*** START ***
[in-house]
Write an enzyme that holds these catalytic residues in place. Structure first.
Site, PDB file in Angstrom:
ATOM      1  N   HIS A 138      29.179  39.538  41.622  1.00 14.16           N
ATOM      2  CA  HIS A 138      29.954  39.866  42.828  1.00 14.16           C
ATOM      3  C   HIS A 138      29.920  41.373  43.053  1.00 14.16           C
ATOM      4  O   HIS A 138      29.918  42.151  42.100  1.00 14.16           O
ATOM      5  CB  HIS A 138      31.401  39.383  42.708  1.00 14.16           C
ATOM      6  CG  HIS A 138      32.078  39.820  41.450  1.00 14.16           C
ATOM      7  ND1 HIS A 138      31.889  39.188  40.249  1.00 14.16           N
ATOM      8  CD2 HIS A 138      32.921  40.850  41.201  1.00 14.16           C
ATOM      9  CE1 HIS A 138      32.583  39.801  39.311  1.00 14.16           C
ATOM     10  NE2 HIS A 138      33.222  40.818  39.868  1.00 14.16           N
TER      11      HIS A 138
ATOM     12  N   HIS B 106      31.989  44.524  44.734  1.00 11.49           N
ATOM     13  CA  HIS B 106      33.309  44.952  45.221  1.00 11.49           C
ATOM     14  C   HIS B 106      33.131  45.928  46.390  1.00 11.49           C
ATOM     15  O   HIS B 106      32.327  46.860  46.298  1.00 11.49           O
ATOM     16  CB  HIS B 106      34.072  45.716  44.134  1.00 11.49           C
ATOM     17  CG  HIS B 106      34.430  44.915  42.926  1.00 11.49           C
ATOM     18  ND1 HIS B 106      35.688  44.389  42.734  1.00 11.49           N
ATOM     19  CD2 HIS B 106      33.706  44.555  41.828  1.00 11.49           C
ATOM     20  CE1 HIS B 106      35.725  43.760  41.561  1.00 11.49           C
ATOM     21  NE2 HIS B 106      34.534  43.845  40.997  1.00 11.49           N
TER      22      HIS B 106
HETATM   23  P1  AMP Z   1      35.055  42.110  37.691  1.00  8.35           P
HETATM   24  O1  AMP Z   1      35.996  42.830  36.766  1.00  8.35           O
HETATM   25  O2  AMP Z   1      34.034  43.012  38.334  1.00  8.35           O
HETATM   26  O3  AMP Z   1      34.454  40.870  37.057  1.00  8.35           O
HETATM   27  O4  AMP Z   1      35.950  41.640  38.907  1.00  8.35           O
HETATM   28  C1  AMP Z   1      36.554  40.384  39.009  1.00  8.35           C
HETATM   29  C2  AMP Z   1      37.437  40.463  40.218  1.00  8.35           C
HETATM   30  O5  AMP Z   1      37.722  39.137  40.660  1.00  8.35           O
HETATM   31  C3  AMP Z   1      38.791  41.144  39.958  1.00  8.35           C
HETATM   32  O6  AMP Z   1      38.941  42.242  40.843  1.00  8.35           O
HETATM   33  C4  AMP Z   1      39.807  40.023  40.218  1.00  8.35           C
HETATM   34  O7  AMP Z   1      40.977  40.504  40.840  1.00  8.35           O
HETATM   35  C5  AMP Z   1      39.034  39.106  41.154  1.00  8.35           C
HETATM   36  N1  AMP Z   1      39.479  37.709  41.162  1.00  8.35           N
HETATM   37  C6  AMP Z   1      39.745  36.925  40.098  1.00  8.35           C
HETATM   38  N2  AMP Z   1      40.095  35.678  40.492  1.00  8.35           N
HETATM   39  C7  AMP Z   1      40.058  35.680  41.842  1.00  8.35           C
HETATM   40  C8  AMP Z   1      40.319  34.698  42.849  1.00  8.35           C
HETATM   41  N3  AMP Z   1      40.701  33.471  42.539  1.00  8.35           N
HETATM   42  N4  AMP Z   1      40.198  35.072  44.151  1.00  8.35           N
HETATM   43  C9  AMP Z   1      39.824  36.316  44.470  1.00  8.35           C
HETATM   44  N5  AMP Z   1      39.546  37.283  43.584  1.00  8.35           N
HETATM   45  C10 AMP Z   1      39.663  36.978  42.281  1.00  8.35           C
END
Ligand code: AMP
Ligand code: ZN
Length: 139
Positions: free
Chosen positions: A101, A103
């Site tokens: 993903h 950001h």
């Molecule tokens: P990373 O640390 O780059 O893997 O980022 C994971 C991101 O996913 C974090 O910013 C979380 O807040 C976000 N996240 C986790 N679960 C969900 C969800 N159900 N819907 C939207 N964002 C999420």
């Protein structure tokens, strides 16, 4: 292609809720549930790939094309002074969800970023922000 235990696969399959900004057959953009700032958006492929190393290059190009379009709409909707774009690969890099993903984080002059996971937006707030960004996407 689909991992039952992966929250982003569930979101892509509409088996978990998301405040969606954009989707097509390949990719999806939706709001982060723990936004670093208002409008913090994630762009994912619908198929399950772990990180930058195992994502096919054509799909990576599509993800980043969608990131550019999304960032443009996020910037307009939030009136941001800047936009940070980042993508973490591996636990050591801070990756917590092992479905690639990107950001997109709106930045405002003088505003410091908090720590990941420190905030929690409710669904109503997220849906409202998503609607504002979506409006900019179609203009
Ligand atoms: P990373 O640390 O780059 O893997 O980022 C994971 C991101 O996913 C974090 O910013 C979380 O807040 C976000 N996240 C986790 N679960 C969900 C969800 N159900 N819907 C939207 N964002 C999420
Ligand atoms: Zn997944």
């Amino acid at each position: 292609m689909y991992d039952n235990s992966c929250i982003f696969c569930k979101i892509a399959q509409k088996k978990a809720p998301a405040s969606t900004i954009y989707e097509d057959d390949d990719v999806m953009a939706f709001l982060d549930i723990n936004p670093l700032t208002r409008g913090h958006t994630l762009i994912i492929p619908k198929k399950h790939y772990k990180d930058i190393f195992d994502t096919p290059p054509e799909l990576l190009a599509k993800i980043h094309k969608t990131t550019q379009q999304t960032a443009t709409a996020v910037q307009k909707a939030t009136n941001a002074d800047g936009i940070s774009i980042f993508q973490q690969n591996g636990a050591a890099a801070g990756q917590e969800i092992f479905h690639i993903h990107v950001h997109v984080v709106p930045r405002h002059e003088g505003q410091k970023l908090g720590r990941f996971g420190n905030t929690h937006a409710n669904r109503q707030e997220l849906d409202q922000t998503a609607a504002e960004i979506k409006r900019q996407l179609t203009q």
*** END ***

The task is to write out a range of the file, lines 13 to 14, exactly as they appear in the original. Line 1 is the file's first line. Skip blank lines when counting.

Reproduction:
ATOM     10  NE2 HIS A 138      33.222  40.818  39.868  1.00 14.16           N
TER      11      HIS A 138